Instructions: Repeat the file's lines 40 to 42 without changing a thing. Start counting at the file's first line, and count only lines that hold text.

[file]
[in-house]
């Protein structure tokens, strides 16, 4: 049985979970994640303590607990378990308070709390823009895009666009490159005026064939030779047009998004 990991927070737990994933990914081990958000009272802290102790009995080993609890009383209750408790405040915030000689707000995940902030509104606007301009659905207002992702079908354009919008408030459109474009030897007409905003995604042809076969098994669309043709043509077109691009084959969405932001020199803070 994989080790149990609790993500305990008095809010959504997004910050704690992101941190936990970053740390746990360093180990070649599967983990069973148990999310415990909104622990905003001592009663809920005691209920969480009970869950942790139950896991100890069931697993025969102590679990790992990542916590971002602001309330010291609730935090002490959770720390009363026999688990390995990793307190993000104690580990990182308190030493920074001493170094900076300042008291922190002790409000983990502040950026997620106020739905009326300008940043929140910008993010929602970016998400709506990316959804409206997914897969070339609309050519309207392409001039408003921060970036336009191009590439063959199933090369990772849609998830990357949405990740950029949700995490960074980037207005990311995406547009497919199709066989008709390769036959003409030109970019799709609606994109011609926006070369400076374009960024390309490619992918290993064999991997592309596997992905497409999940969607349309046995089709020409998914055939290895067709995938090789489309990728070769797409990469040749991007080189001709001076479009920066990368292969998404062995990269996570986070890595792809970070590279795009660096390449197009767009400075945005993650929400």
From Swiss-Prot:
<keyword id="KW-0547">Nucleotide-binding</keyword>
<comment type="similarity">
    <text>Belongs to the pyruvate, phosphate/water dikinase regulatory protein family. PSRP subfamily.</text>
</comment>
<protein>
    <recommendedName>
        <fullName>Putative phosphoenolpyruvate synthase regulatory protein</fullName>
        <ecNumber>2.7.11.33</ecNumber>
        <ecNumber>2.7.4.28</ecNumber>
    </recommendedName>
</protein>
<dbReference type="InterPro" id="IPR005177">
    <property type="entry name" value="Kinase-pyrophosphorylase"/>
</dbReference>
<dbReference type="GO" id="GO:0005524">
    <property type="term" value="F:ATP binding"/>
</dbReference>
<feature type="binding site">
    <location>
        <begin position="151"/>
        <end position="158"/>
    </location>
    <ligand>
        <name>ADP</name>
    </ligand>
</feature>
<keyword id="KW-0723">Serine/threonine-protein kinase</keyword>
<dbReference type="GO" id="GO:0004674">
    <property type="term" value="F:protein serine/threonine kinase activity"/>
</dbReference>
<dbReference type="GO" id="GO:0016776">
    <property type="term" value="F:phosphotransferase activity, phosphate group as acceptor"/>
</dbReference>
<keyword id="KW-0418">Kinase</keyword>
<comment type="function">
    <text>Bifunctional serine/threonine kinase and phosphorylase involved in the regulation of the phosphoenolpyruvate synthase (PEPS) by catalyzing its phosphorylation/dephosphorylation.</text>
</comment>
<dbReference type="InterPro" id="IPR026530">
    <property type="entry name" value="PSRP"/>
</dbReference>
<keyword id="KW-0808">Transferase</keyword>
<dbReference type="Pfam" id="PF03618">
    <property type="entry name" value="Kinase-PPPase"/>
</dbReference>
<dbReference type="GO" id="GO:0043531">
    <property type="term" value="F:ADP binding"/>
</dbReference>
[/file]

</comment>
<dbReference type="InterPro" id="IPR026530">
    <property type="entry name" value="PSRP"/>